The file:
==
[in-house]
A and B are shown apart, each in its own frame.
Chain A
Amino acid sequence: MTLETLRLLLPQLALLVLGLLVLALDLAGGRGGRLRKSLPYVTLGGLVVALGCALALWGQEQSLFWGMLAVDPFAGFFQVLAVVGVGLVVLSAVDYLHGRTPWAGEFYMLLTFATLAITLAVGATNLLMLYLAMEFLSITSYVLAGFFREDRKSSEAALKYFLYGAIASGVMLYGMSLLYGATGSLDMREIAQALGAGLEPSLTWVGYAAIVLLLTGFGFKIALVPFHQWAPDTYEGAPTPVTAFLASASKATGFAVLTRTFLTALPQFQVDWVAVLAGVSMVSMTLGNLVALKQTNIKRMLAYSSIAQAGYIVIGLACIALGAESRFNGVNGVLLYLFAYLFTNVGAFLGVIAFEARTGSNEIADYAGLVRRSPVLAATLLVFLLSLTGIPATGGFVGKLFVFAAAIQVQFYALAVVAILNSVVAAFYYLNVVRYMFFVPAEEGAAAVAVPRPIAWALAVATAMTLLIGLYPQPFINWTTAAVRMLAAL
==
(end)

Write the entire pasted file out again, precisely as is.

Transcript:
[in-house]
A and B are shown apart, each in its own frame.
Chain A
Amino acid sequence: MTLETLRLLLPQLALLVLGLLVLALDLAGGRGGRLRKSLPYVTLGGLVVALGCALALWGQEQSLFWGMLAVDPFAGFFQVLAVVGVGLVVLSAVDYLHGRTPWAGEFYMLLTFATLAITLAVGATNLLMLYLAMEFLSITSYVLAGFFREDRKSSEAALKYFLYGAIASGVMLYGMSLLYGATGSLDMREIAQALGAGLEPSLTWVGYAAIVLLLTGFGFKIALVPFHQWAPDTYEGAPTPVTAFLASASKATGFAVLTRTFLTALPQFQVDWVAVLAGVSMVSMTLGNLVALKQTNIKRMLAYSSIAQAGYIVIGLACIALGAESRFNGVNGVLLYLFAYLFTNVGAFLGVIAFEARTGSNEIADYAGLVRRSPVLAATLLVFLLSLTGIPATGGFVGKLFVFAAAIQVQFYALAVVAILNSVVAAFYYLNVVRYMFFVPAEEGAAAVAVPRPIAWALAVATAMTLLIGLYPQPFINWTTAAVRMLAAL